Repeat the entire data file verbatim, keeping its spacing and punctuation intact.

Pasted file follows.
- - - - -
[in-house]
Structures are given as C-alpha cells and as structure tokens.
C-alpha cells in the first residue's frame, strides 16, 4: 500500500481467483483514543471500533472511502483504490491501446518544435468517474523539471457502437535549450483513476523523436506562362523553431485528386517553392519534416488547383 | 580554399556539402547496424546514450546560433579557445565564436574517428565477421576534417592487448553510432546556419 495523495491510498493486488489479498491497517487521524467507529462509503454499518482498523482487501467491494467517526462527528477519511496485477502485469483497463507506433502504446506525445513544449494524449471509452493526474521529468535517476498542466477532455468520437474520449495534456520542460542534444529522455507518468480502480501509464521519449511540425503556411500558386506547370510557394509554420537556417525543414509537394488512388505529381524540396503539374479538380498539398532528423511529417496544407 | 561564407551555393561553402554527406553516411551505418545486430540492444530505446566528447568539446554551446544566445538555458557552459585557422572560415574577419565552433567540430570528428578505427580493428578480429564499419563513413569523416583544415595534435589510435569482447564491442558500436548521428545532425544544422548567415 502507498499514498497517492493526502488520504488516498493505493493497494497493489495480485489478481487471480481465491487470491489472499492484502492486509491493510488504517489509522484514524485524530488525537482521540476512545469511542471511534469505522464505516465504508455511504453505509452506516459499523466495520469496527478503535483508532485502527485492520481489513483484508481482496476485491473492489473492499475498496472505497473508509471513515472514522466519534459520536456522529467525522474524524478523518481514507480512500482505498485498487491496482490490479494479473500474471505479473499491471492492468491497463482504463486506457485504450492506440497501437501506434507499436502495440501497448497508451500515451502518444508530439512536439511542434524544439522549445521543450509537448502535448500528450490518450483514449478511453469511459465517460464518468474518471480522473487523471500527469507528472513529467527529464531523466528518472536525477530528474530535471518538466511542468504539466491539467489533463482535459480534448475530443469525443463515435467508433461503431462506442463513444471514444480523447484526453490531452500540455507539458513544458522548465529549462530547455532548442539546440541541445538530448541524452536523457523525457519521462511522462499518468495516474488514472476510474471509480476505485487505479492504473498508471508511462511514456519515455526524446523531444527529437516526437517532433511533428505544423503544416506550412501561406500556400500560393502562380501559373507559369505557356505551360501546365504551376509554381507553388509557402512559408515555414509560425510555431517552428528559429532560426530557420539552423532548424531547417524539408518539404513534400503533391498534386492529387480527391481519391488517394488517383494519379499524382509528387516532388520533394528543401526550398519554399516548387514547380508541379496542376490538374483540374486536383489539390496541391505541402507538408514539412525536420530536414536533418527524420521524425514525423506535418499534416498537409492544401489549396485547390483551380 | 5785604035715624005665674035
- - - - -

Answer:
[in-house]
Structures are given as C-alpha cells and as structure tokens.
C-alpha cells in the first residue's frame, strides 16, 4: 500500500481467483483514543471500533472511502483504490491501446518544435468517474523539471457502437535549450483513476523523436506562362523553431485528386517553392519534416488547383 | 580554399556539402547496424546514450546560433579557445565564436574517428565477421576534417592487448553510432546556419 495523495491510498493486488489479498491497517487521524467507529462509503454499518482498523482487501467491494467517526462527528477519511496485477502485469483497463507506433502504446506525445513544449494524449471509452493526474521529468535517476498542466477532455468520437474520449495534456520542460542534444529522455507518468480502480501509464521519449511540425503556411500558386506547370510557394509554420537556417525543414509537394488512388505529381524540396503539374479538380498539398532528423511529417496544407 | 561564407551555393561553402554527406553516411551505418545486430540492444530505446566528447568539446554551446544566445538555458557552459585557422572560415574577419565552433567540430570528428578505427580493428578480429564499419563513413569523416583544415595534435589510435569482447564491442558500436548521428545532425544544422548567415 502507498499514498497517492493526502488520504488516498493505493493497494497493489495480485489478481487471480481465491487470491489472499492484502492486509491493510488504517489509522484514524485524530488525537482521540476512545469511542471511534469505522464505516465504508455511504453505509452506516459499523466495520469496527478503535483508532485502527485492520481489513483484508481482496476485491473492489473492499475498496472505497473508509471513515472514522466519534459520536456522529467525522474524524478523518481514507480512500482505498485498487491496482490490479494479473500474471505479473499491471492492468491497463482504463486506457485504450492506440497501437501506434507499436502495440501497448497508451500515451502518444508530439512536439511542434524544439522549445521543450509537448502535448500528450490518450483514449478511453469511459465517460464518468474518471480522473487523471500527469507528472513529467527529464531523466528518472536525477530528474530535471518538466511542468504539466491539467489533463482535459480534448475530443469525443463515435467508433461503431462506442463513444471514444480523447484526453490531452500540455507539458513544458522548465529549462530547455532548442539546440541541445538530448541524452536523457523525457519521462511522462499518468495516474488514472476510474471509480476505485487505479492504473498508471508511462511514456519515455526524446523531444527529437516526437517532433511533428505544423503544416506550412501561406500556400500560393502562380501559373507559369505557356505551360501546365504551376509554381507553388509557402512559408515555414509560425510555431517552428528559429532560426530557420539552423532548424531547417524539408518539404513534400503533391498534386492529387480527391481519391488517394488517383494519379499524382509528387516532388520533394528543401526550398519554399516548387514547380508541379496542376490538374483540374486536383489539390496541391505541402507538408514539412525536420530536414536533418527524420521524425514525423506535418499534416498537409492544401489549396485547390483551380 | 5785604035715624005665674035